I also had a question from author, Liz Fenwick on Twitter asking whether from the writers point of view, should they comment on our reviews. I can’t speak for every book reviewer in the world, but personally I love it when an author comments on my review. If not a comment, then definitely a little tweet. It’s always nice to see your review is appreciated. If it’s a bad review however, then maybe a message in private to say thanks for your honesty.

10 Tips For Writing Book Reviews

Those are all my tips for writing book reviews! I hope you found this post helpful. If you have any other questions or want to leave some of your own tips, please comment below, I love hearing your feedback!


  1. This is such a useful post! I’m an avid reader and often think I want to start writing more about the books I love on my blog, but I never really know where to start. You’ve given my plenty of ideas to get me thinking so hopefully I can start featuring more book-related content soon.

  2. […] If you’ve never reviewed a book before in your life then maybe now is the time to start! If you’re already a blogger, chances are, your writing skills are up to scratch anyway but remember that reviewing books is very different to reviewing a make-up product or any other type of blog post. Start by reviewing your own books; books you’ve bought yourself or got from the library and build up a little online portfolio of your book reviews, so they’re all in one place. I also wrote a post on quick tips for writing book reviews here! […]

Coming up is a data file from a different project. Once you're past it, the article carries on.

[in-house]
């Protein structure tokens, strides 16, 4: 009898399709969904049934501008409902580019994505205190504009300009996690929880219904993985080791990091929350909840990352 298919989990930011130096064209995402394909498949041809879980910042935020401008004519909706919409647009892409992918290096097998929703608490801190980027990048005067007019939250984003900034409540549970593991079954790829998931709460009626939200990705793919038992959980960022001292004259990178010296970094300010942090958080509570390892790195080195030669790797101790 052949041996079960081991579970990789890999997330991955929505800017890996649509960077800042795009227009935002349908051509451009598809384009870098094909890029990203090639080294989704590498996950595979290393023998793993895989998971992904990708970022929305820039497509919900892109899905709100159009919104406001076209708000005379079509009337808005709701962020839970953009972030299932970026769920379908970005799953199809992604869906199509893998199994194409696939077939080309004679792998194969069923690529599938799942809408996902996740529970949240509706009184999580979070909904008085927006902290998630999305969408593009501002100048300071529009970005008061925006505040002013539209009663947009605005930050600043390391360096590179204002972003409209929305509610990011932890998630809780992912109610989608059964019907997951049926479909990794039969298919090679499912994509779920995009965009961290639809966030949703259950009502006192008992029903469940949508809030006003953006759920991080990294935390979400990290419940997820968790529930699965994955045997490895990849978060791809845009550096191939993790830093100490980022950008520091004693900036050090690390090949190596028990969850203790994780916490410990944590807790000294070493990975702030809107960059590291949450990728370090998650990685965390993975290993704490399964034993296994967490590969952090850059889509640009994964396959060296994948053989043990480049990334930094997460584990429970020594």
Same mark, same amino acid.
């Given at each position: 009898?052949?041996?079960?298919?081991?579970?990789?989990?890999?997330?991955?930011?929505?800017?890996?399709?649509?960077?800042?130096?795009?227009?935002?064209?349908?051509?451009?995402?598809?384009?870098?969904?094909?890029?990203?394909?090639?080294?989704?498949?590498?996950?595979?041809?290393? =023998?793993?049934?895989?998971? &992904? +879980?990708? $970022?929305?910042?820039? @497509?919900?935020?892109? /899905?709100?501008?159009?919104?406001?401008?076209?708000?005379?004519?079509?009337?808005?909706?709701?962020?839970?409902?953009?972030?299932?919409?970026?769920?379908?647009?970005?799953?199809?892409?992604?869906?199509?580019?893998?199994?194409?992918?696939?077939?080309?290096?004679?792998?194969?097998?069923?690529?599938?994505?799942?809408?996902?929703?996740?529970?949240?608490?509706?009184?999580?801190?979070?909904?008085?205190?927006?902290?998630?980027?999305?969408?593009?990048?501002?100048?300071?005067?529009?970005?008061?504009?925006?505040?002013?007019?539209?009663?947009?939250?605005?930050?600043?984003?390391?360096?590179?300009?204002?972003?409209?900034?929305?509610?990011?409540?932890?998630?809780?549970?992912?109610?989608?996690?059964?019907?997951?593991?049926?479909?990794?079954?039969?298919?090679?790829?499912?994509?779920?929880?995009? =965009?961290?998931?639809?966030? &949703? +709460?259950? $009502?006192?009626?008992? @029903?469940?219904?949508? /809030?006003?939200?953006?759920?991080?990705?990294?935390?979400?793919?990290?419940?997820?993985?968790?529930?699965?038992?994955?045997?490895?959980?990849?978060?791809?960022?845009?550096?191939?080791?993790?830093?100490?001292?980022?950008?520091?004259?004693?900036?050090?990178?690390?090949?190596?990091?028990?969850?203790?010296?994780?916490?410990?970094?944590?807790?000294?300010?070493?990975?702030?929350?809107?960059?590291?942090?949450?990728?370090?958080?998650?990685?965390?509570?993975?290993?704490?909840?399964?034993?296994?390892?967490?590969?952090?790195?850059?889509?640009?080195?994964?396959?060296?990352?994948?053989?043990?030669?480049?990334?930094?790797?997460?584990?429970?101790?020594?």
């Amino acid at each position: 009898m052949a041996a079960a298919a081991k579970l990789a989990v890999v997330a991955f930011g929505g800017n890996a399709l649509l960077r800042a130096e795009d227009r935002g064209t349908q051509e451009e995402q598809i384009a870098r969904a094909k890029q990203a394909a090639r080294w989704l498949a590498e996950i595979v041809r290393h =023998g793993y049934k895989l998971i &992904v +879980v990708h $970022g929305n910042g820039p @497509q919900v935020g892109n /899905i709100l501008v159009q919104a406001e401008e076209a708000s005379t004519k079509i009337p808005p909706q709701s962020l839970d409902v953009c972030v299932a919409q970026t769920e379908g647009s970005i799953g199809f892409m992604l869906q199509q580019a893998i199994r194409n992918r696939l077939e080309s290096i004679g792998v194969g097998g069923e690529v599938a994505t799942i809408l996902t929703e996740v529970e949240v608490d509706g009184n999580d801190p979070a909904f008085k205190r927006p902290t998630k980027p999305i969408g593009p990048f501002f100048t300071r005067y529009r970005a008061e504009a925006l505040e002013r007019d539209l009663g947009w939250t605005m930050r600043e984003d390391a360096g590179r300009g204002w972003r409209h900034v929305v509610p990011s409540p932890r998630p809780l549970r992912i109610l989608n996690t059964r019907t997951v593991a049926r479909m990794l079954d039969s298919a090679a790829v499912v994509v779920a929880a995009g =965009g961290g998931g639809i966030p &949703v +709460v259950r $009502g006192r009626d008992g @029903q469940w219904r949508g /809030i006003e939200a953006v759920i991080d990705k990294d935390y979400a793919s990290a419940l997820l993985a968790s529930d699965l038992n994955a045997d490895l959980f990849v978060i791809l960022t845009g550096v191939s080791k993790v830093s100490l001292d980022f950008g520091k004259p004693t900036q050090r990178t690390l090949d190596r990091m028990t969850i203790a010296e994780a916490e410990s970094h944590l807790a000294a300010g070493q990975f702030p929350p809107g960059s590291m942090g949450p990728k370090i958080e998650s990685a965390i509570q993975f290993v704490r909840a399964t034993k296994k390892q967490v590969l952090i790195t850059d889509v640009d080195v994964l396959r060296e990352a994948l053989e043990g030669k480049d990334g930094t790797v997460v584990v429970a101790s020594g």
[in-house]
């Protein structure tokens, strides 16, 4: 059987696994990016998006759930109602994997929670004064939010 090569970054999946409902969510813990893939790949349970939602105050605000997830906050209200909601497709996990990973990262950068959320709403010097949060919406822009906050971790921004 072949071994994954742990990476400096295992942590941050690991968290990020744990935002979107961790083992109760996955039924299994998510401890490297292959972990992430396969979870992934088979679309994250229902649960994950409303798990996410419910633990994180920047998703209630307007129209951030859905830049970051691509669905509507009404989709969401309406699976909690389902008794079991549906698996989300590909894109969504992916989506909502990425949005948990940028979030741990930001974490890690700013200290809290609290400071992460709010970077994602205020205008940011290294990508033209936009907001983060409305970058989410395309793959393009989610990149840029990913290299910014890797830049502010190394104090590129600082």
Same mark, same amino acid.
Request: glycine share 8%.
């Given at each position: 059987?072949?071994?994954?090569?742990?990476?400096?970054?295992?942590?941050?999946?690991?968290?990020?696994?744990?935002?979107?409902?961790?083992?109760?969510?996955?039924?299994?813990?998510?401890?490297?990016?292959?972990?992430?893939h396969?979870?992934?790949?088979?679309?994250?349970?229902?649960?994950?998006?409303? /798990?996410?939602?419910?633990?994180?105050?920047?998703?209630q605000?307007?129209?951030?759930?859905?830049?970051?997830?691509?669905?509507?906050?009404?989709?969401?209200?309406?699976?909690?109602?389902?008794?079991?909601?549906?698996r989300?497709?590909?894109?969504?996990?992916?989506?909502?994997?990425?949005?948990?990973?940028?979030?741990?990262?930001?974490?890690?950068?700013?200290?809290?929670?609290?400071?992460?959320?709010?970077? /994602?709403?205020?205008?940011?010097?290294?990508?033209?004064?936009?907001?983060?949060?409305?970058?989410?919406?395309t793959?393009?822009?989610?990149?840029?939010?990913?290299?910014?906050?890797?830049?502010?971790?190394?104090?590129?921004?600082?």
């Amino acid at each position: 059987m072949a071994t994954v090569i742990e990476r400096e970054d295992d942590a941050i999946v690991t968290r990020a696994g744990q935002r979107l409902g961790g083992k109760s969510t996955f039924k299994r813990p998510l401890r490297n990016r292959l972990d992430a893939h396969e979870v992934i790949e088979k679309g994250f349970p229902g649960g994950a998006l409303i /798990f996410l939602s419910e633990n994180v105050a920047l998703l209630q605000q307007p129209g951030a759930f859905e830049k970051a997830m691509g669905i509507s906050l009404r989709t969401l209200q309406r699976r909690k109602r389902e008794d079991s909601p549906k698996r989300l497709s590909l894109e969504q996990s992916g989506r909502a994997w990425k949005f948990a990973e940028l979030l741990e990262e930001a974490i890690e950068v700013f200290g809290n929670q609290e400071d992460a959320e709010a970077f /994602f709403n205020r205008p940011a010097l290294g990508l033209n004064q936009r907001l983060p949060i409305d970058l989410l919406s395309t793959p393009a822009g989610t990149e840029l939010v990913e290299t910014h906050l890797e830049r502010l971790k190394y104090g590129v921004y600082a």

3. I’ve been reading a lot of your posts lately, and I just posted my first book review on my blog. Before I did post it, I came straight to this post, knowing that you’ve given a lot of good advice and helped a lot of bloggers on here. ๐Ÿ™‚